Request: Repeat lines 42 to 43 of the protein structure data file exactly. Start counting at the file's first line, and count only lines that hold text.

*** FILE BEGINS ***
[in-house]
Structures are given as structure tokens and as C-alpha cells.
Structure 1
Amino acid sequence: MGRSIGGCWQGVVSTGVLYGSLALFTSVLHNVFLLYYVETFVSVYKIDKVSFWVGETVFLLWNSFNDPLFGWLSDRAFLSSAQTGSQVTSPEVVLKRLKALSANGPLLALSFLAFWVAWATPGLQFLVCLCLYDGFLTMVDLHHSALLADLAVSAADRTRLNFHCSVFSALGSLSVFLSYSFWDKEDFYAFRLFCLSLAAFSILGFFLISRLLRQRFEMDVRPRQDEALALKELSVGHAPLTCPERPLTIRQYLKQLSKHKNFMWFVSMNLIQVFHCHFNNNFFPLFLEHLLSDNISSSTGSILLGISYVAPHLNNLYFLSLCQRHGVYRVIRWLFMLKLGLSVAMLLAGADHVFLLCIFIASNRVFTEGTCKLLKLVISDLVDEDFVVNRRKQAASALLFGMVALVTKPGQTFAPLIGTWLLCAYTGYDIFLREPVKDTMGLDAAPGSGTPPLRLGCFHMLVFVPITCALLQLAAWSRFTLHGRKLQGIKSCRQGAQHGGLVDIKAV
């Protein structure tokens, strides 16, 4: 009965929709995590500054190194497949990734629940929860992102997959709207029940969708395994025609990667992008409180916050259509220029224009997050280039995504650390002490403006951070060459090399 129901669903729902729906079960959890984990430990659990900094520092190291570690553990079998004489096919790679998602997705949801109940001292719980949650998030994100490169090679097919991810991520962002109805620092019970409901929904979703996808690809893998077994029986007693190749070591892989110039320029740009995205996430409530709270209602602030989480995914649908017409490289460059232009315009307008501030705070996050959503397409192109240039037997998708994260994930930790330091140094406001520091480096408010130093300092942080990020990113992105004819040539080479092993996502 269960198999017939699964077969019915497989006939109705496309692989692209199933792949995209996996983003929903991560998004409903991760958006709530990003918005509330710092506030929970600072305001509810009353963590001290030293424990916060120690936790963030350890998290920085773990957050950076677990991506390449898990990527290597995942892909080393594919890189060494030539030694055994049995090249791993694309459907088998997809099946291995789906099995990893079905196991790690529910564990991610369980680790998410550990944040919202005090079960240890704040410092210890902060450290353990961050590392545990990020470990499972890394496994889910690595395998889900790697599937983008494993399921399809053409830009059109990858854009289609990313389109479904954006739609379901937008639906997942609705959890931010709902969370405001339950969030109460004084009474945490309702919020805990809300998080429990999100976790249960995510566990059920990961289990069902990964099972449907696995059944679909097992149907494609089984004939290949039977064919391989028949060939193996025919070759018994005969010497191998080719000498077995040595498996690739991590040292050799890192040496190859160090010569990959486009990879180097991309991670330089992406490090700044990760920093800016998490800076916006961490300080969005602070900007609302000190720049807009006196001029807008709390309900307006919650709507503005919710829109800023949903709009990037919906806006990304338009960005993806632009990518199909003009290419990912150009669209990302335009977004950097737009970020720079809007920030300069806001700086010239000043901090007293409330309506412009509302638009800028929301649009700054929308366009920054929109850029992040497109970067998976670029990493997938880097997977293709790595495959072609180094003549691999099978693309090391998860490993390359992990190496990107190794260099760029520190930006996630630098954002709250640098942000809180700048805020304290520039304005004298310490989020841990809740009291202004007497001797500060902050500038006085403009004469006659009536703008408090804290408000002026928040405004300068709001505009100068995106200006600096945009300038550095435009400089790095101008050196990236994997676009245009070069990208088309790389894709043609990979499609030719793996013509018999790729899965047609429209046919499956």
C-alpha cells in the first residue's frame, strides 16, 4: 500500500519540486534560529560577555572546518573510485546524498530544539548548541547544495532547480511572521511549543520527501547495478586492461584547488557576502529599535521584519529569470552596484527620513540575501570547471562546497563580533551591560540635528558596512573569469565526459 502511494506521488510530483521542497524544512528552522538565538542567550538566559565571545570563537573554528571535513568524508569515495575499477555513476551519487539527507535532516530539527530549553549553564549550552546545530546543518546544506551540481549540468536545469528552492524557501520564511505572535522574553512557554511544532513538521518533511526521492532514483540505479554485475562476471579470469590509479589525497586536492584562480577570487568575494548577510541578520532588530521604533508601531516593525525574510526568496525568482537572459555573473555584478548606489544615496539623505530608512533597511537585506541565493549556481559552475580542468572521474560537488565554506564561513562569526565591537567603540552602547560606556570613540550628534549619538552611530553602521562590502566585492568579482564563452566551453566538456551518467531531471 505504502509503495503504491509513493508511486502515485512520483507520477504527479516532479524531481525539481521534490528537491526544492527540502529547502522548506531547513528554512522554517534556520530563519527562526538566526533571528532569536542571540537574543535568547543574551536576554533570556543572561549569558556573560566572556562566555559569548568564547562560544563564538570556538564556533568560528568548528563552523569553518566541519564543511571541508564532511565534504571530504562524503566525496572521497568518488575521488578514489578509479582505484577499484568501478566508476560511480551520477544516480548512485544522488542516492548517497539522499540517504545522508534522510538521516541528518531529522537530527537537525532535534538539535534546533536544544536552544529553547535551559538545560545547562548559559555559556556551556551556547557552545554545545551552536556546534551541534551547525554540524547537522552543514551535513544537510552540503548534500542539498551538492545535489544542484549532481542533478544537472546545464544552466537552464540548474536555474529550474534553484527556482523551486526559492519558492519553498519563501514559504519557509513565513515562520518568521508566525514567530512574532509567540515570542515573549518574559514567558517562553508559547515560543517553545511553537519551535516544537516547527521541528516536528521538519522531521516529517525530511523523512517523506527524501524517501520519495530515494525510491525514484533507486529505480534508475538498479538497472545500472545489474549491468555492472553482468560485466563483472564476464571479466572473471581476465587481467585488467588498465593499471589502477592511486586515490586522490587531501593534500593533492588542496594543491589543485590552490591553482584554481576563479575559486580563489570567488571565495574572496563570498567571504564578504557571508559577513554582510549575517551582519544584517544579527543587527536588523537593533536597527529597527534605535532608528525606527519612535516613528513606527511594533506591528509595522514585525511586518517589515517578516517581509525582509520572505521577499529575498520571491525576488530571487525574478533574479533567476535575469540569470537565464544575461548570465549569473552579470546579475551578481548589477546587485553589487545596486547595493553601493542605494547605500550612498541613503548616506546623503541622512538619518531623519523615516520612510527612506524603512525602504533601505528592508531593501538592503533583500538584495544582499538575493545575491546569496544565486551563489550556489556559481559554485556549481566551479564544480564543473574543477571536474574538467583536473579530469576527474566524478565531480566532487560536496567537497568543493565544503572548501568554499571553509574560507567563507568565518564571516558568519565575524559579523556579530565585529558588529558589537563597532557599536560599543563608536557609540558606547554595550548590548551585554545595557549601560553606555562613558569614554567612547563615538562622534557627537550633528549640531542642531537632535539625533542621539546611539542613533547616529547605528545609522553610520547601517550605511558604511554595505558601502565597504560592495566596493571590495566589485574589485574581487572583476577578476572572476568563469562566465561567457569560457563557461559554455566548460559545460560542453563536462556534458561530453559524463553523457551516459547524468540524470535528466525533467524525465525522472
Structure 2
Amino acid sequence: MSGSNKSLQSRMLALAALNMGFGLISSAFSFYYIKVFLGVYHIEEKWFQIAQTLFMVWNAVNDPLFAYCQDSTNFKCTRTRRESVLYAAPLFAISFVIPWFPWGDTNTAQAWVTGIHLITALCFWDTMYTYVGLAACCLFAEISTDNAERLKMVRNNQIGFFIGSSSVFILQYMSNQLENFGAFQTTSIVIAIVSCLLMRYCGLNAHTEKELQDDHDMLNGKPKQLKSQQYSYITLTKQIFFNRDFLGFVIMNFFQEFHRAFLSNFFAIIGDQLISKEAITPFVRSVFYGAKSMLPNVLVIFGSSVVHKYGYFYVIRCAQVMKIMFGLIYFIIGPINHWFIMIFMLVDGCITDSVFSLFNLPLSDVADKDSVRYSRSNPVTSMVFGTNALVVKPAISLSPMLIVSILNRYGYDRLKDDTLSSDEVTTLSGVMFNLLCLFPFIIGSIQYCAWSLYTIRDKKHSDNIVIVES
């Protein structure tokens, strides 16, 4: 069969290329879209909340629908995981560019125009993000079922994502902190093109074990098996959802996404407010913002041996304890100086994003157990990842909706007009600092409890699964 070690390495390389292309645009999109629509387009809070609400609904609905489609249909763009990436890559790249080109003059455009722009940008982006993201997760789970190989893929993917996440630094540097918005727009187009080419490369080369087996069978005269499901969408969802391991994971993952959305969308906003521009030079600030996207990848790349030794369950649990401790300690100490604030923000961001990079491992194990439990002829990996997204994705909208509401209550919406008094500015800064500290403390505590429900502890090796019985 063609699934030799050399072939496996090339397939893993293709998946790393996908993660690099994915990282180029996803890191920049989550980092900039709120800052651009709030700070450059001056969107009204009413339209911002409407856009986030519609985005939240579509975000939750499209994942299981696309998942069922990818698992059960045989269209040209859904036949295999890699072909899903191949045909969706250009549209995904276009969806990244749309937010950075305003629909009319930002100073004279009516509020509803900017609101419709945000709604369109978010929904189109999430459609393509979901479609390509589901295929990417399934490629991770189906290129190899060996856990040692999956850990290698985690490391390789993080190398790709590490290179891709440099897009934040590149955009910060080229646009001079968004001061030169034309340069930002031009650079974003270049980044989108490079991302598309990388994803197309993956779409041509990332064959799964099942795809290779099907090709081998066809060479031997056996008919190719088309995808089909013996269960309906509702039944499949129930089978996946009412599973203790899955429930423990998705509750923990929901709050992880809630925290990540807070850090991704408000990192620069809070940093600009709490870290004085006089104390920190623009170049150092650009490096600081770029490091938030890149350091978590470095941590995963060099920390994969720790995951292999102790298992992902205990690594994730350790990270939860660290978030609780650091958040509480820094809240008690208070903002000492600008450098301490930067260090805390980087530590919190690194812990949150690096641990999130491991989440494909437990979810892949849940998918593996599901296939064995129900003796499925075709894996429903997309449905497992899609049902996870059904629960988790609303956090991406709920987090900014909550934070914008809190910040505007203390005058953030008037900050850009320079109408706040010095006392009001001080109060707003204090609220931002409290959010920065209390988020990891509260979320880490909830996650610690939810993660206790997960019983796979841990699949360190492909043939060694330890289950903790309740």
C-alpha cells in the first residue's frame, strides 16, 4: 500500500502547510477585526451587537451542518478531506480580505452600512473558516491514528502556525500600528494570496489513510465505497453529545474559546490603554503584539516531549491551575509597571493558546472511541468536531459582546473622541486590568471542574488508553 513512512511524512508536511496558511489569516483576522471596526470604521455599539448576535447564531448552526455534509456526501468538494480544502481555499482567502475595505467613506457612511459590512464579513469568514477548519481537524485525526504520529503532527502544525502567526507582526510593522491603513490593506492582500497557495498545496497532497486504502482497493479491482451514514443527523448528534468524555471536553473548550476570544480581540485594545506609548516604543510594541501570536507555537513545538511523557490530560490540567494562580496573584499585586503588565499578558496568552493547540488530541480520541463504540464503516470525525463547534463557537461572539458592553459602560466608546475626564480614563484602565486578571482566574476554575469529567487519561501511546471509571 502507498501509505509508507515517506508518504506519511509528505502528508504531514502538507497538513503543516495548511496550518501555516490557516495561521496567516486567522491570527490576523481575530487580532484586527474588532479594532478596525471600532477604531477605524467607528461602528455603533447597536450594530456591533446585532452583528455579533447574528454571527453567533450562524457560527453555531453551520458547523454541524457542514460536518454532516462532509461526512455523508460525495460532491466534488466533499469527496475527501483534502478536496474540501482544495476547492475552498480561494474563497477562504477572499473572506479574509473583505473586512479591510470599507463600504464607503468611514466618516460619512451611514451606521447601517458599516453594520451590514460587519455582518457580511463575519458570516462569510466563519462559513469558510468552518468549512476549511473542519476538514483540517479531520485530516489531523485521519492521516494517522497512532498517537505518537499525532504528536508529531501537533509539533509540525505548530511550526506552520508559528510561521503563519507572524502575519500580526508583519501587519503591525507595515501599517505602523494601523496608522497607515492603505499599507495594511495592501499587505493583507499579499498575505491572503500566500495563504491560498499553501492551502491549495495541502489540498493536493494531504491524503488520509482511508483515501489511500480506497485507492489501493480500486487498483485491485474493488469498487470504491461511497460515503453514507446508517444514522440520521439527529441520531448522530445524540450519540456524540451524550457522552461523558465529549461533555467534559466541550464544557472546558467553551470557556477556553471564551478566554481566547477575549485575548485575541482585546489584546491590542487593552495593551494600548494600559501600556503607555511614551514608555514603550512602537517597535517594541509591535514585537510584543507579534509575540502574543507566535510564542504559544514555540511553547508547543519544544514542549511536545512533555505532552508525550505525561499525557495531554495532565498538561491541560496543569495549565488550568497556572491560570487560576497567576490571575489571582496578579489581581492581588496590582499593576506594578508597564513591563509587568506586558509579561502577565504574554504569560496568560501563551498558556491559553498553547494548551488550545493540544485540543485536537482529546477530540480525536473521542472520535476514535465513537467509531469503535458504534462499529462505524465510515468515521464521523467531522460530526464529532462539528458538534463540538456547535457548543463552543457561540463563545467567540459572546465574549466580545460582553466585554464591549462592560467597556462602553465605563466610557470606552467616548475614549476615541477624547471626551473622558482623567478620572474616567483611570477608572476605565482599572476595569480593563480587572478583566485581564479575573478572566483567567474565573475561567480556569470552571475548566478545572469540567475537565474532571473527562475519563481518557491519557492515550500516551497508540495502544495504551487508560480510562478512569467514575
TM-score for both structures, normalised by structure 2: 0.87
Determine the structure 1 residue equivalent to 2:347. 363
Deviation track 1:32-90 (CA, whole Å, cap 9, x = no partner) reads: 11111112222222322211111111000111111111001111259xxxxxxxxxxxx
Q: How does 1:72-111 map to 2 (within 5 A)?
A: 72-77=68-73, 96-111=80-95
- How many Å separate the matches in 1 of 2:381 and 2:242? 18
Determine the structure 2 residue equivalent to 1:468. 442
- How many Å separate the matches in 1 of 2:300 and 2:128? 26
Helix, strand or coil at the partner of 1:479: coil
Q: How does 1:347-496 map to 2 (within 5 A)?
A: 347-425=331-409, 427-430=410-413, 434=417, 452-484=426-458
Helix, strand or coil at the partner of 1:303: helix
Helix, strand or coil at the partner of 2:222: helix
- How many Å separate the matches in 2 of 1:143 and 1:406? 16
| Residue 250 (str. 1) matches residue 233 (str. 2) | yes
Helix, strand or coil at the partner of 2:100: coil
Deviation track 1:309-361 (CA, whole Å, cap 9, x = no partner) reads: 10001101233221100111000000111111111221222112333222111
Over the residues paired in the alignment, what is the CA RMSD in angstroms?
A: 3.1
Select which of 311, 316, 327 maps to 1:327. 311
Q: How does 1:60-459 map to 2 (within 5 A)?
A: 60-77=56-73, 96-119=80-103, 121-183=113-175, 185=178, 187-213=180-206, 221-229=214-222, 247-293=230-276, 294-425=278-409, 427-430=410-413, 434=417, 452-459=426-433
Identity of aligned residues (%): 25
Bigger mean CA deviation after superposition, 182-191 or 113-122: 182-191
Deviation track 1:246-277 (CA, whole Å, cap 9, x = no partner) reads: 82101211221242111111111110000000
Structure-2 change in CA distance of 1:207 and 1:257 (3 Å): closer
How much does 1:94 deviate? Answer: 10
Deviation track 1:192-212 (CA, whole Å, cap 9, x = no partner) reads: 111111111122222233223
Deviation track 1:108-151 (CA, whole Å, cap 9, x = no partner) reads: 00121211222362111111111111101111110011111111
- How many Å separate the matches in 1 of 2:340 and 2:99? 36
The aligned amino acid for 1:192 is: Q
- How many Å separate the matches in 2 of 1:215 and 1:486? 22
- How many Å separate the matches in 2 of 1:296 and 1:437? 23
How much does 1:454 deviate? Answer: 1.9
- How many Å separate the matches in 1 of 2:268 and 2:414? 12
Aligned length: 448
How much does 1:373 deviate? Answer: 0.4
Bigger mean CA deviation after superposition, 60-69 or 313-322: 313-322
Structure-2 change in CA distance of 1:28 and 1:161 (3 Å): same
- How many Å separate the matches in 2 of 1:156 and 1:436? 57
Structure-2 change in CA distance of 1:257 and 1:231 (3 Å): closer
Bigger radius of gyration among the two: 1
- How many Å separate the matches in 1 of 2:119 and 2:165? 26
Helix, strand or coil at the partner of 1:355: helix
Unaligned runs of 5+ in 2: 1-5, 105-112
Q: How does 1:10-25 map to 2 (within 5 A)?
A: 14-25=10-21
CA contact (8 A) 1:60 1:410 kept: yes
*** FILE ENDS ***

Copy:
- How many Å separate the matches in 2 of 1:215 and 1:486? 22
- How many Å separate the matches in 2 of 1:296 and 1:437? 23